72% of parents unaware that confidence development begins before 5 years old

March 23, 2017

As a report reveals that 72% of parents are unaware that confidence development begins before the age of 5, Anne-Marie Martin, Founder of diddi dance, the much loved preschool dance classes, is urging parents to take action and help develop their child’s confidence from a young age with early interaction in activities.

The figures, which came out after a survey conducted by diddi dance in 2015, show that parents are confused about the age at which their children should begin building up their confidence through socialisation. The Government’s standards set for the Early Year’s Foundation Stage state that from birth to the age of 5*, a child’s development through socialisation is vital for them to fulfil their potential in later life. There is also, now, an expectation of relationship building and understanding through the Ofsted’s Fundamental British Values, which expects children to have certain values in place before entering school.

This study of 2,000 UK parents clarified who they believe has the responsibility of ensuring their children socialise enough. What was found is that 4 in 10 parents (38%) do gallopsnot feel it is their responsibility to ensure their child is socialising the appropriate amount, with a third feeling it is down to nurseries (34%), and a quarter believing that preschool programmesshould hold the responsibility. Furthermore, the survey revealed that 4 in 10 parents still underestimate the positive impact that comes from the company of other young children for those under 5.

easterWith this knowledge, diddi dance is taking it upon themselves to educate and urge parents to take action against this misconception and encourage socialisation of children much earlier. Commenting on the findings Anne-Marie said “One of the key points of Ofsted’s readiness for schools provision for the under 5s is socialisation. It is key to gaining an understanding of key concepts such as personal space, sharing and empathising with others which will help make starting school a smoother transition.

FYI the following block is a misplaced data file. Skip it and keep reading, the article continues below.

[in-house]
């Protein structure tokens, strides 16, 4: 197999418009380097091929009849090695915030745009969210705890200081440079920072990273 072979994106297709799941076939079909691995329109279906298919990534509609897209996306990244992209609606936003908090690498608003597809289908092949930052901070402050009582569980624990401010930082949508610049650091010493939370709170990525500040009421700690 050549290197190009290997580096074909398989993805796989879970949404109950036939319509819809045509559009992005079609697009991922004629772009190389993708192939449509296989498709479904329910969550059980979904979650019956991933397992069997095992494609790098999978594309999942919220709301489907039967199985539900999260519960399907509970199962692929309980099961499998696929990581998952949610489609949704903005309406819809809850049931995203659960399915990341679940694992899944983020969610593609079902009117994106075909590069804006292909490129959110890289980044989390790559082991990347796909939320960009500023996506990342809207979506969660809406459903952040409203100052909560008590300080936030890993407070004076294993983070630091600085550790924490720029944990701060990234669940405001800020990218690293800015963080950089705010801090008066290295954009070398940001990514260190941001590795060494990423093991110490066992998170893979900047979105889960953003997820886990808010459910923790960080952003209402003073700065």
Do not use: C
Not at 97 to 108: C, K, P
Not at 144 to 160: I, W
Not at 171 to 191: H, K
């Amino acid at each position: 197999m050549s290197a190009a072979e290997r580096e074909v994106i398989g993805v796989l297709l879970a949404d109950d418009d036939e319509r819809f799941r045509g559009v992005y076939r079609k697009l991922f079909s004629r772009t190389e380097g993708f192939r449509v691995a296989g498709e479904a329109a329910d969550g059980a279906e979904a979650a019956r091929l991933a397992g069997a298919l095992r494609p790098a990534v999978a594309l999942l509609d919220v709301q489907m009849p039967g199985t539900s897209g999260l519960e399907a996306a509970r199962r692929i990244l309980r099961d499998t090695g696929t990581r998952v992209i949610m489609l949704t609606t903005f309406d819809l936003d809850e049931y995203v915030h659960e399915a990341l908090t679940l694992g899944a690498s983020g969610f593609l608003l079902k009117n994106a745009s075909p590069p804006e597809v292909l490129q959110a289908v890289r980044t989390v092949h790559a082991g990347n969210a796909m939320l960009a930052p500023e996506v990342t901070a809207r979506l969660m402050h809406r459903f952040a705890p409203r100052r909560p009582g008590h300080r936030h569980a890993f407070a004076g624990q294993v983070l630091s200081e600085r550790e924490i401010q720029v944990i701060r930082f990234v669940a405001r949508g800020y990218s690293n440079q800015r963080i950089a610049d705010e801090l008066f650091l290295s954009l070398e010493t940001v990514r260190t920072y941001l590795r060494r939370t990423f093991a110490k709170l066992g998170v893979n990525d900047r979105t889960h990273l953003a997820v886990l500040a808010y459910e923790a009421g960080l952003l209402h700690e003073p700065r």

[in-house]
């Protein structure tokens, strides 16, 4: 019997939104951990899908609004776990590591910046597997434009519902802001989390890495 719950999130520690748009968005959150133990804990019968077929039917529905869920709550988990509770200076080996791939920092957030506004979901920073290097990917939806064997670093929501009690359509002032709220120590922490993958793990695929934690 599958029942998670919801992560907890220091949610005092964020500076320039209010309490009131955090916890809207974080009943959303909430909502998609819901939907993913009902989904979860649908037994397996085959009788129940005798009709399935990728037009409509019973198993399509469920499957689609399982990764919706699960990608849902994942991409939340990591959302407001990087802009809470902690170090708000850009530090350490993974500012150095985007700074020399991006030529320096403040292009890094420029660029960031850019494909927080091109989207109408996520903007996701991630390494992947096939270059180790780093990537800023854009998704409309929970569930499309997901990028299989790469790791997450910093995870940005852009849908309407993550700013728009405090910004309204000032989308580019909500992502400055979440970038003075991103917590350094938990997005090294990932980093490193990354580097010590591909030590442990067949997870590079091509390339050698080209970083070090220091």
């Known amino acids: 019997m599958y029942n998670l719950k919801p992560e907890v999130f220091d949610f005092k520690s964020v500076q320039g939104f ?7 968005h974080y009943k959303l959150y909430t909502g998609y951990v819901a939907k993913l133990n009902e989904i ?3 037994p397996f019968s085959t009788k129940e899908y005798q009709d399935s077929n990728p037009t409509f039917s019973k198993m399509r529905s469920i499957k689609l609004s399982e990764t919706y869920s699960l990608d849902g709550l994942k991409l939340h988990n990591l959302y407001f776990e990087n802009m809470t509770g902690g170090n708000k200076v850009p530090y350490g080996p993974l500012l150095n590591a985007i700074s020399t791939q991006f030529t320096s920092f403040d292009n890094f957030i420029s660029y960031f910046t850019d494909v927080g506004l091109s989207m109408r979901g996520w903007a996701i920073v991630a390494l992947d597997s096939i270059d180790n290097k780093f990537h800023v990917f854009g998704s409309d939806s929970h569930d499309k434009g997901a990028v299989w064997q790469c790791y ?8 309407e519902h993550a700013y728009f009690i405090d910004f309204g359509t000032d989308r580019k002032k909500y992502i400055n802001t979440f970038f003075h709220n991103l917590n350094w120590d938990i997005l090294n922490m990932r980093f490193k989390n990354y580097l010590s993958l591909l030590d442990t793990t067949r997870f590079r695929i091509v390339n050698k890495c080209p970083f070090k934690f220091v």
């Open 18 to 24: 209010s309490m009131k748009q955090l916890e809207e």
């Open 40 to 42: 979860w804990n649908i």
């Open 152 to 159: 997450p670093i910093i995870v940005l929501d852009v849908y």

She continued “Finding an interactive session which encourages socialisation of children with other children is extremely important and if they really enjoy the session, they will immediately feel comfortable and warm to the environment a lot quicker. diddi dance combines lots of fun with physical activity and is a great way for little ones to interact with other children as well as adults, boosting their confidence and preparing them for school where they will be faced with an unfamiliar environment away from their parents.” 

diddi dance classes can be enjoyed by both boys and girls from the age of 18 months to 5 across the UK. With a new dance style every half term from ballroom to hip-hop through to jive and Bollywood every child’s taste is catered for and with fun props to use too children leave the 45 minute classes full of energy and excited for the next week.  Designed to keep children active, increase their confidence and enhance their co-ordination and rhythm diddi dance is fast becoming a household name.




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